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The Moalong & Ubujan Ambushcades

          In Rizalino Israel's "Captain Francisco Salazar Has Fallen", a biography of Vicente T. Cubero, he told the story of a brave Surigao-born Boholano who used the name Francisco Salazar as his war name. He was a warrior in the true sense of the word for the author. Israel said that this man believed that one's life must be sacrificed for God and country if man's soul is to be saved from eternal damnation.

          However, on the other hand, Cubero was known to have possessed a talisman in the form of a libretto, according to Israel. Many claimed that Salazar became invulnerable to bullets and other weapons after uttering words from the strange tiny book.

          During a meeting of Genaro Visarra, by then a congressman in the first district, and Ismael Ingenerio, then lieutenant who already organized a guerilla unit with temporary headquarters at Maitum, Balilihan, they assigned Francisco Salazar to conduct active combat operations against the Japanese soldiers.

          The Ambush at Moalong - In Israel's book, it was on September 25, 1942 when Captain Francisco Salazar, Lt. Vicente Nunag, Jr., Captain Graciano Espinueva, Lt. Sales and Lt. Brigido Senano and their men left Maitum for Moalong, Loon for that ambush operation. It was sunday when they arrived at their destination on September 27, 1942.

          Immediately, the guerilleros positioned themselves on an elevated area overlooking the road bend going up northwest at an intersection leading to a Sandigan Island barrio where a bridge also existed. The men were then at vantage point. This was the first ambush and the best against the enemies, said Israel in his book. One of the two truckloads of Japanese soldiers fell into the sea. A hand grenade was thrown at the place where Salazar was standing, yet he was never hurt despite the exploded grenade nearby. In this encounter, four guerilla fighters lost their lives and five soldiers were wounded after a second truckload of Japanese soldiers arrived.

          The Planned Abatan Ambush - Believing that the Japanese soldiers would not go beyond Maribojoc or enter any part of the town of Loon, Salazar organized an ambush position in Abatan, Maribojoc near the bridge on October 14, 1942. The site of the ambushcade in Abatan was not different from that of Moalong; the guerilla fighters were atop an elevated flattened area overlooking the Abatan bridge. The failure to make an engagement with the enemy, according to the book, prompted Salazar to push forward and establish an ambushcade in the barrio of Ubujan, Tagbilaran on October 12, 1942.

          Ubujan Encounter and the Death of a Hero - Salazar was said to be anxios to have another contact with the enemy. He chose Ubujan because the terrain was flat and the enemies would not think twice of any suspicion that an ambushcade on such a flat area would happen. A few hours before the encounter, there was the ominous sign, when Captain Salazar summoned Lt. Rogers - the nome de guerre of Lt. Juan Relampagos, and in a sad mood instructed the latter to evacuate all documents on classified matters to their rear Command Post in Cantaongon.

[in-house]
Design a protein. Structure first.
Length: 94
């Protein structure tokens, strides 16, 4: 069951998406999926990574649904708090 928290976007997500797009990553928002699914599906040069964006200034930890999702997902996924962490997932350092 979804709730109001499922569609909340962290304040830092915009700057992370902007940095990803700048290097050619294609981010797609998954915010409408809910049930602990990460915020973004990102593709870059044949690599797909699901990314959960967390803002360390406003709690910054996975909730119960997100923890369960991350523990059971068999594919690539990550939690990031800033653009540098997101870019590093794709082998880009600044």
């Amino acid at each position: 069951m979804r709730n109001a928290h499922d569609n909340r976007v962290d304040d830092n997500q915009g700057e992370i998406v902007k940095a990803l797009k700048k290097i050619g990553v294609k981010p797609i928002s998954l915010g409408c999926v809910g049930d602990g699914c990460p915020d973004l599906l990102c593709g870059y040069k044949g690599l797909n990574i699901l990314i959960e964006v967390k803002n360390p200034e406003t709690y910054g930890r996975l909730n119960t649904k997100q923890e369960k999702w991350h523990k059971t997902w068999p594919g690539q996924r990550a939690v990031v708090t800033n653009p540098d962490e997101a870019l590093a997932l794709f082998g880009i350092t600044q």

The site of the ambushcade in Ubujan Daku was along a road bend between kilometer 4 and at the Tagbilaran North National Road. The ambushers were occupying an area about 100 meters along the North National Road, right side of it facing seaward opposite the place where MB Liner Bus compound used to occupy.

          It was a very hot afternoon but the men remained quiet and orderly. Salazar then instructed his men to advance and engaged the enemy in a hand to hand combat at his commnad. His men who believed in his proven power during the previous operations took the instruction without due fear. They were told that unless they would obey his command, they would die so they earnestly heeded his command. They had only about thirty firearms reinforced by the dynamite boys. The main force had only bolos with them. It has been said by old-folks-knowers that only a female could neutralize the power of a talisman. It had been coincidentally proven true in the case of Francisco Salazar because before the fight happened, a woman crossed the firing line, in the person of a certain Maria, who, together with a lad  pretended to be looking for a medicine man to cure her ailment but in reality was a Japanese spy. After the incident, three truckloads of Japanese soldiers in fully armed gear arrived. At the end, fourteen guerrilla fighters fell and eighty nine Japanese soldiers lost their lives in that encounter. Francisco Salazar died from the bullets of the Japanese soldiers and his charmed exploits ended too.

Significant Historical Developments

          Historical Setting                                Muslim Raids On Bohol Coastal Towns
          Sikatuna, The Bohol Chieftain             
Dagohoy, The Celebrated Hero Of Bohol
          How Bohol Got Its Name                    
Bohol Participation in the Philippine Revolution
         
Christianization of the Natives              Lonoy, Jagna Massacre

Bits of World War II History

          April 1942 Bombing of Jetafe                The Moalong and Ubujan Ambushcades
          June 1943 Japanese Kempatai             The Bohol Liberation
          Underground Movement                       How Bohol was Liberated

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